Question#1: Is the Gonave microplate a fractured portion of the Caribbean Plate? If so, how was it created?
    That’s a pretty good way of describing it. Because the motion across the plate boundary is distributed across several fault systems, you get fault bounded-slivers that can be treated as independent ‘microplates’ with their own slightly different motion vectors. It’s just an expression of the plate boundary in this region being wider than a single fault.
    Question #2: Which type of movement/interaction occurred to cause the Haiti earthquake?
    Because of the motion being accommodated on the Enriquillo-Plantain Garden (EPG) fault system, the Gonave sliver is moving east relative to the North American plate slightly more slowly than the rest of the Caribbean plate, so there is a net eastward motion of the crust to the south of the EPG zone relative to the crust in the north. This results in left-lateral, of sinistral, strike slip deformation at the fault itself, consistent with the focal mechanism.
    Hope that makes sense to you and your students.

  11. Ivor St Hill says:

    It would seem that at the other end of the Caribbean chain Trinidad is in a similar situation and is stradling the plate boundary just after it turns east/west to run along the Northern regions of South America. There are also several strike/slip faults, El pilar, Cloche, etc. defining this boundary. It would seem that northern Trinidad is sliding past the south of the island. Can we expect “a big one” in Trinidad some time in the future?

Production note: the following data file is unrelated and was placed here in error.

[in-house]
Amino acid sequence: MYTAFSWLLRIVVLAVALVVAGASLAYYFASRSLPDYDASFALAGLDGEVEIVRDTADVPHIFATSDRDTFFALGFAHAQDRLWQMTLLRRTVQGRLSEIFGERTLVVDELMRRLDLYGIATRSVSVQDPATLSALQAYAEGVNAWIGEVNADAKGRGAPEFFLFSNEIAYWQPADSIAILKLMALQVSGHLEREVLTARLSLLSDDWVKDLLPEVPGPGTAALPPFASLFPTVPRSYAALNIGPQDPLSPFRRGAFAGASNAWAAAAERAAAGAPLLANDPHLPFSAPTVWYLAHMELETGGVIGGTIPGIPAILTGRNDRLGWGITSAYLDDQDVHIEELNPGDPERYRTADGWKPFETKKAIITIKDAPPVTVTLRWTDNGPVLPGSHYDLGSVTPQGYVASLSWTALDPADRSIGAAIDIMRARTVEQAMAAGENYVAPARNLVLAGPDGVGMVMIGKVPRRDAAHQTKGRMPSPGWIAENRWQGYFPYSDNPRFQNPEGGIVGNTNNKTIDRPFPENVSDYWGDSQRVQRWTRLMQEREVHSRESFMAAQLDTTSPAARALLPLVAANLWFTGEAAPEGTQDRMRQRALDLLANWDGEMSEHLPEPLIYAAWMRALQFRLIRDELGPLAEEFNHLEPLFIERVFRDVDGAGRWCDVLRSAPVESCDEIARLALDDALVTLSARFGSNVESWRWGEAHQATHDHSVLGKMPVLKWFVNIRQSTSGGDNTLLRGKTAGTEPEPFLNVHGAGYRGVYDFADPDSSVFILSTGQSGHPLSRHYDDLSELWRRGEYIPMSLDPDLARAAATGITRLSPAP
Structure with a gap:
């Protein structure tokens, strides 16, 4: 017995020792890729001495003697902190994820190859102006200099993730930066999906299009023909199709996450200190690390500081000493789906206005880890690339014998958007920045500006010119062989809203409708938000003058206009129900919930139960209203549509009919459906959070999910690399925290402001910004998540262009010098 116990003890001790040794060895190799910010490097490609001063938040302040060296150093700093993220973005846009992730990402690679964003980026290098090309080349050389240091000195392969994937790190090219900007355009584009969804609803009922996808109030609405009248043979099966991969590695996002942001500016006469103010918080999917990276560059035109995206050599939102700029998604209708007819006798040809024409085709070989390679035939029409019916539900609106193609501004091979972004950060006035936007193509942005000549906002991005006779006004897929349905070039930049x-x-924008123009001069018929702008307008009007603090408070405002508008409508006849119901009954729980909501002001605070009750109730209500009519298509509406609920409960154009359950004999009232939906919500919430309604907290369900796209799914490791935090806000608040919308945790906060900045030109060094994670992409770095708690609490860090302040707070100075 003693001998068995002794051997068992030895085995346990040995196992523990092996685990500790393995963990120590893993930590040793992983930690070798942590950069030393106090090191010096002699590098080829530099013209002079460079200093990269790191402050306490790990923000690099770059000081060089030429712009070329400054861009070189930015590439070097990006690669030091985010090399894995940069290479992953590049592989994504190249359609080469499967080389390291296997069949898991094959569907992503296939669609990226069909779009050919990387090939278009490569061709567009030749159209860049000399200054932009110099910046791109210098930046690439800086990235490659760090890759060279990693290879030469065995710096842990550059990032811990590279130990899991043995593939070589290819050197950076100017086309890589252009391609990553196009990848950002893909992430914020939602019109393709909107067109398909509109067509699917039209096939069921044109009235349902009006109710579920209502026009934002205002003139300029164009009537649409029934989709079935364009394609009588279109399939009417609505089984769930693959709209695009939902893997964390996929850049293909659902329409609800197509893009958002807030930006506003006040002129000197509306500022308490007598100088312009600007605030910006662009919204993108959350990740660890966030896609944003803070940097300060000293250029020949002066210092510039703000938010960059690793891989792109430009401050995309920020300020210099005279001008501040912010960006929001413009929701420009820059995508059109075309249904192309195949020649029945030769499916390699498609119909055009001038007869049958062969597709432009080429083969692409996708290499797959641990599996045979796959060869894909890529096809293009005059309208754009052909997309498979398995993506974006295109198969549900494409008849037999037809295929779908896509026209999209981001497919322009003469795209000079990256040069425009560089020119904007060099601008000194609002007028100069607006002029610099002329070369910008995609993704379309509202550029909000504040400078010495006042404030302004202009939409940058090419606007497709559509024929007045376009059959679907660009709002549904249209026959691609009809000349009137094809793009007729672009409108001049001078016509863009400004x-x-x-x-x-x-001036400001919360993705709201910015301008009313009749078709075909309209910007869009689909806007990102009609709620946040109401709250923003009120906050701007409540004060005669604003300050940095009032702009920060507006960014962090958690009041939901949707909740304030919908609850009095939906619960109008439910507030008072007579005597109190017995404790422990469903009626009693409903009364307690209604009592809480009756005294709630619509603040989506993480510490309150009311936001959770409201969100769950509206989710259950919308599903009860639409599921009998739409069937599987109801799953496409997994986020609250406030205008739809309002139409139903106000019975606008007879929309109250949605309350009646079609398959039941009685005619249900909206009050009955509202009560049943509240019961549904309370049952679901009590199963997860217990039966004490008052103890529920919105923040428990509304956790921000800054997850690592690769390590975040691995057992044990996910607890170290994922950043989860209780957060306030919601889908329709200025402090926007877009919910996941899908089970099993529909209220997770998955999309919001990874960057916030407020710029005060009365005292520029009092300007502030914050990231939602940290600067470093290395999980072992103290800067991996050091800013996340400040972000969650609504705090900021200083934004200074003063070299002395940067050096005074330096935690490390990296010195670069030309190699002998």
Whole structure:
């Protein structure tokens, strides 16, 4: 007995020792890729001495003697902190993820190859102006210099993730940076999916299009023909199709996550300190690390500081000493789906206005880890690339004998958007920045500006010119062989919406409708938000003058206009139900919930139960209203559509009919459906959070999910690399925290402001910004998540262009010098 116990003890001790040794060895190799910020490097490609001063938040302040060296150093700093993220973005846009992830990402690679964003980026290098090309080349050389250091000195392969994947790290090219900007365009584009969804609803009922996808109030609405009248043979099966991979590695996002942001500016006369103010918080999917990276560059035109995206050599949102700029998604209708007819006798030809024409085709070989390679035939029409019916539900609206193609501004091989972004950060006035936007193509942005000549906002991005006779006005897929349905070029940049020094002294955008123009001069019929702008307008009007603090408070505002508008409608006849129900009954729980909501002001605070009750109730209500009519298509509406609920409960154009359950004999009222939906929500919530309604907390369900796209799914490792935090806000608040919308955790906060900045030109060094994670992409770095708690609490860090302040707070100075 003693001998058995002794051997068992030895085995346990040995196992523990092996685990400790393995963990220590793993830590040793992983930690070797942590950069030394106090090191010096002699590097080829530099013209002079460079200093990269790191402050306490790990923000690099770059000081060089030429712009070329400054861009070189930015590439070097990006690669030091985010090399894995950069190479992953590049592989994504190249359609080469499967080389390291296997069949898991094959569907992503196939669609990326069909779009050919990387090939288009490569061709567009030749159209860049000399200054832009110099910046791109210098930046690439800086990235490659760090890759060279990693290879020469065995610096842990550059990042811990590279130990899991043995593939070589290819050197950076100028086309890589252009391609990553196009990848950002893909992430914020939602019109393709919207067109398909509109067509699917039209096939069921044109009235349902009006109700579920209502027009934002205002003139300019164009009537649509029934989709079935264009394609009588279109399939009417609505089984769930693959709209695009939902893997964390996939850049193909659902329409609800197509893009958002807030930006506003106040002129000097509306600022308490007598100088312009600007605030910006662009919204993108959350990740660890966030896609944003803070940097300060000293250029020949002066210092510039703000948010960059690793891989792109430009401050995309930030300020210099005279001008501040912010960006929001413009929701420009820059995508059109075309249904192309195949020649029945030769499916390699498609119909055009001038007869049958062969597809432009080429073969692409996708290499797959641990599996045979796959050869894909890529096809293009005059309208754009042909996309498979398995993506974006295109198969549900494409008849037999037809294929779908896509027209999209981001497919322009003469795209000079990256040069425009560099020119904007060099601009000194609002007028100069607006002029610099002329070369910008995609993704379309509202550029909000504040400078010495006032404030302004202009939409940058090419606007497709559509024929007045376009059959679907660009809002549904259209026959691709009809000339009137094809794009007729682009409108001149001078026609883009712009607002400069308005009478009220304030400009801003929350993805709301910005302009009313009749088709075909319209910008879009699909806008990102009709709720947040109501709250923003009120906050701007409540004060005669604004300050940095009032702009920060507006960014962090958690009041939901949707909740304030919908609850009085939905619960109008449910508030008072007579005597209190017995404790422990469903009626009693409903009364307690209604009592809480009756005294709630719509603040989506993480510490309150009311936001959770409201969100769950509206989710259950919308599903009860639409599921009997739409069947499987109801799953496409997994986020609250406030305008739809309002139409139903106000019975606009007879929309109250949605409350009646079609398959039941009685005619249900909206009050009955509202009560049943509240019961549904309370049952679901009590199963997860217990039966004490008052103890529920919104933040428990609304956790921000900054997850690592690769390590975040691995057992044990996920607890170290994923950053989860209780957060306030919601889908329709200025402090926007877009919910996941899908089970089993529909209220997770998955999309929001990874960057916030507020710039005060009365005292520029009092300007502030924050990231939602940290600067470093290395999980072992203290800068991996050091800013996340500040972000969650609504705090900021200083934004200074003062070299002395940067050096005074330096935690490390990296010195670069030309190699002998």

12. patrick says:

    Execcelent work. The quake was predicted in 2008 at 18th Carinean geological conference. But somehow the conference prediction were just filed. Let use science wisely. What is future hold now for Jaimaca?
    Patrick Kamau-Kenya

  13. Michele Madick says:

    I am thinking of going to Jamaica next month, either Montego Bay or Negril, what are the chances of an earthquake occuring there, given the recent one in Haiti>

  14. Jake says:

    Thanks for the post Chris. This is really helpfull because my homework is on how the earthquake in Haiti happened and this is very good.

  15. Shravanee says:

    Thanks for the post Chris. This has really inspired me a lot to study more about seismology and understanding tectonics but it is always good to learn about earthquake and painful to bear the consequences.I pray for the people who have lost there family and house

  16. Andrew says:

    We just started to donate 1$ from each purchase to Haiti quake survivors.
    Thanks to all good people.

  17. dyani says:

    i hear that chicago next to have a earthquake,.

  18. eric luther says: